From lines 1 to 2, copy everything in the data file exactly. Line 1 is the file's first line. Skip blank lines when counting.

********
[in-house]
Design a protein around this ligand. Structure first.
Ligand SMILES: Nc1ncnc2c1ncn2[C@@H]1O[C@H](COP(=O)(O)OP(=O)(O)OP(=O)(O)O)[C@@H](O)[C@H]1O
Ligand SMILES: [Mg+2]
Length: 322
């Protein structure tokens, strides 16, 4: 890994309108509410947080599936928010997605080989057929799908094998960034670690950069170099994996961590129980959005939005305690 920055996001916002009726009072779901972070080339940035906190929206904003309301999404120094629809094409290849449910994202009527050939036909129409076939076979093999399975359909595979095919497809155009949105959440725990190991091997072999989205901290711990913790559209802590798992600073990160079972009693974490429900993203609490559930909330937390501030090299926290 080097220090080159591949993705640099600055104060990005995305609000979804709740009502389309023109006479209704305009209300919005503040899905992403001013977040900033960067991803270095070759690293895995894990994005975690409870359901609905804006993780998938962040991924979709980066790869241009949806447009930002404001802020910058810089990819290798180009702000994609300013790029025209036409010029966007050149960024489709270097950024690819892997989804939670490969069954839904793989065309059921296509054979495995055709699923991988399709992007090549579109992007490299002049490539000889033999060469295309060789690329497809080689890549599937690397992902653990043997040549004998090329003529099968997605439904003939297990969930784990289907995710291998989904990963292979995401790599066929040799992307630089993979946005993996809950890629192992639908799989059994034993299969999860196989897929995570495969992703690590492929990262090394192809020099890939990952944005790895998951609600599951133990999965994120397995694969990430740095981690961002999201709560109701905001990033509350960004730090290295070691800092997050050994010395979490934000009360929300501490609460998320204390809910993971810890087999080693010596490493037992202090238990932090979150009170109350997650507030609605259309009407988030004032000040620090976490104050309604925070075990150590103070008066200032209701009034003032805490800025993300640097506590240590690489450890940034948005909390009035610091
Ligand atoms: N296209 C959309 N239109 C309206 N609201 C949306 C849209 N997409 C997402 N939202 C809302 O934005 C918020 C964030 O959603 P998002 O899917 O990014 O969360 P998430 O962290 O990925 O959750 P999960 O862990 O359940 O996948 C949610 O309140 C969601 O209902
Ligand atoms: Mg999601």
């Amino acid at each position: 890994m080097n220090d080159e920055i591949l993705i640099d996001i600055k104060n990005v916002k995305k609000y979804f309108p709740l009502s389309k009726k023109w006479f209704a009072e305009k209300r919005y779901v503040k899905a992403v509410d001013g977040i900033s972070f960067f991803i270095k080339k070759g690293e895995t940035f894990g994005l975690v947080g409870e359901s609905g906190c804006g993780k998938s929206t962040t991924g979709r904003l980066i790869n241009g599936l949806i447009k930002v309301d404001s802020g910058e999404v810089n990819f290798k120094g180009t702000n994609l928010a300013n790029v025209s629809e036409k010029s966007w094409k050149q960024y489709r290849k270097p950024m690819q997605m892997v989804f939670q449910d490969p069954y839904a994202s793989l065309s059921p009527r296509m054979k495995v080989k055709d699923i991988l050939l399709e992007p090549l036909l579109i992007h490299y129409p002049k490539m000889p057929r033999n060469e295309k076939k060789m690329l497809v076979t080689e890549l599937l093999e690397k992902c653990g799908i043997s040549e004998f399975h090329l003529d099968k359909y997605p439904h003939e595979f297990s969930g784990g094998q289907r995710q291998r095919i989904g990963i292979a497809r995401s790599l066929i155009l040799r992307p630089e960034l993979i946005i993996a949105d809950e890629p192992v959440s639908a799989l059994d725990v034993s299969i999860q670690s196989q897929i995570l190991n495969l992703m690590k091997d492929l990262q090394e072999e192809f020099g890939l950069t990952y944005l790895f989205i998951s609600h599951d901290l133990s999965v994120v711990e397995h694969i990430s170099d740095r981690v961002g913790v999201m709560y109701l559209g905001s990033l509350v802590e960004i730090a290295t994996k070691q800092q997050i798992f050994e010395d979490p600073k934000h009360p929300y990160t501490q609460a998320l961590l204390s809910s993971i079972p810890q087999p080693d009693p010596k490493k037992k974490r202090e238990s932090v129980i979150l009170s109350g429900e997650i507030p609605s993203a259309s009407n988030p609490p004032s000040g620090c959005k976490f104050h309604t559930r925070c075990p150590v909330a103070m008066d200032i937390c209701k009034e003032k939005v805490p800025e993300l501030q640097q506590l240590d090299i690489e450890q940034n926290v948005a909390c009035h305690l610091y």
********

[in-house]
Design a protein around this ligand. Structure first.